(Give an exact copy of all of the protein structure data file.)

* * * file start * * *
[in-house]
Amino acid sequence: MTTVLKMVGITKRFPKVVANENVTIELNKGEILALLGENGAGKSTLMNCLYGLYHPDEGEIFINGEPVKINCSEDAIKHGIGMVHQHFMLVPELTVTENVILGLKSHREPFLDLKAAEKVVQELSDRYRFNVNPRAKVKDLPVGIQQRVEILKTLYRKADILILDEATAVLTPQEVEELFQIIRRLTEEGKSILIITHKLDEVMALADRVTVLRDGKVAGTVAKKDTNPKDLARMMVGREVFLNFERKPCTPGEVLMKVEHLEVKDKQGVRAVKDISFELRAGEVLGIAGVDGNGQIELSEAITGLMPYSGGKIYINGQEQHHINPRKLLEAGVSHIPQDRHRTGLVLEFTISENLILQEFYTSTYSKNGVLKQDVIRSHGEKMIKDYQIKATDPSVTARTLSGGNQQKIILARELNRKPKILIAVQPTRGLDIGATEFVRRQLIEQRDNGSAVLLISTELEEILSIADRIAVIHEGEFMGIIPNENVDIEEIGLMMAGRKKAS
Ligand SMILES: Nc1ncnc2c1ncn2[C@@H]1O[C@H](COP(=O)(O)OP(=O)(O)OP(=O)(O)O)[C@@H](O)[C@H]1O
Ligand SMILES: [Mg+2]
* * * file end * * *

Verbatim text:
[in-house]
Amino acid sequence: MTTVLKMVGITKRFPKVVANENVTIELNKGEILALLGENGAGKSTLMNCLYGLYHPDEGEIFINGEPVKINCSEDAIKHGIGMVHQHFMLVPELTVTENVILGLKSHREPFLDLKAAEKVVQELSDRYRFNVNPRAKVKDLPVGIQQRVEILKTLYRKADILILDEATAVLTPQEVEELFQIIRRLTEEGKSILIITHKLDEVMALADRVTVLRDGKVAGTVAKKDTNPKDLARMMVGREVFLNFERKPCTPGEVLMKVEHLEVKDKQGVRAVKDISFELRAGEVLGIAGVDGNGQIELSEAITGLMPYSGGKIYINGQEQHHINPRKLLEAGVSHIPQDRHRTGLVLEFTISENLILQEFYTSTYSKNGVLKQDVIRSHGEKMIKDYQIKATDPSVTARTLSGGNQQKIILARELNRKPKILIAVQPTRGLDIGATEFVRRQLIEQRDNGSAVLLISTELEEILSIADRIAVIHEGEFMGIIPNENVDIEEIGLMMAGRKKAS
Ligand SMILES: Nc1ncnc2c1ncn2[C@@H]1O[C@H](COP(=O)(O)OP(=O)(O)OP(=O)(O)O)[C@@H](O)[C@H]1O
Ligand SMILES: [Mg+2]